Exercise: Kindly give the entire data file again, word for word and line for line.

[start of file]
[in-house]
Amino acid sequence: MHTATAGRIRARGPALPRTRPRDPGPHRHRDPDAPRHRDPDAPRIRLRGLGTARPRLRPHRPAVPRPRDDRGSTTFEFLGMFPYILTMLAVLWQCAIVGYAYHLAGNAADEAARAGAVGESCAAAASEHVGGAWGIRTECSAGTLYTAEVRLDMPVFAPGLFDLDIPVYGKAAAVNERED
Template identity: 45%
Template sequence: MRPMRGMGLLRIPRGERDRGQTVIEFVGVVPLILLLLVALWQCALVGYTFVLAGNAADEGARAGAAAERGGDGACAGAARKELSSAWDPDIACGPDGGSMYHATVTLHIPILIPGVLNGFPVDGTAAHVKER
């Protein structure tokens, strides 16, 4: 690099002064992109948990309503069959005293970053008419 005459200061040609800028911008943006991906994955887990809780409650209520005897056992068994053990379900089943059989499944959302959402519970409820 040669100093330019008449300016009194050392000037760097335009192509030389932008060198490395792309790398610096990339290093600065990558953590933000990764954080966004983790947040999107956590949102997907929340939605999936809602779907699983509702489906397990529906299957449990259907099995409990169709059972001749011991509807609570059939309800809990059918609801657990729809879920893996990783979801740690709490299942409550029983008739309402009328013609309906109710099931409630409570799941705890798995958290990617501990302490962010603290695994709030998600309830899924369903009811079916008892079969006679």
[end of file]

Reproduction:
[in-house]
Amino acid sequence: MHTATAGRIRARGPALPRTRPRDPGPHRHRDPDAPRHRDPDAPRIRLRGLGTARPRLRPHRPAVPRPRDDRGSTTFEFLGMFPYILTMLAVLWQCAIVGYAYHLAGNAADEAARAGAVGESCAAAASEHVGGAWGIRTECSAGTLYTAEVRLDMPVFAPGLFDLDIPVYGKAAAVNERED
Template identity: 45%
Template sequence: MRPMRGMGLLRIPRGERDRGQTVIEFVGVVPLILLLLVALWQCALVGYTFVLAGNAADEGARAGAAAERGGDGACAGAARKELSSAWDPDIACGPDGGSMYHATVTLHIPILIPGVLNGFPVDGTAAHVKER
């Protein structure tokens, strides 16, 4: 690099002064992109948990309503069959005293970053008419 005459200061040609800028911008943006991906994955887990809780409650209520005897056992068994053990379900089943059989499944959302959402519970409820 040669100093330019008449300016009194050392000037760097335009192509030389932008060198490395792309790398610096990339290093600065990558953590933000990764954080966004983790947040999107956590949102997907929340939605999936809602779907699983509702489906397990529906299957449990259907099995409990169709059972001749011991509807609570059939309800809990059918609801657990729809879920893996990783979801740690709490299942409550029983008739309402009328013609309906109710099931409630409570799941705890798995958290990617501990302490962010603290695994709030998600309830899924369903009811079916008892079969006679």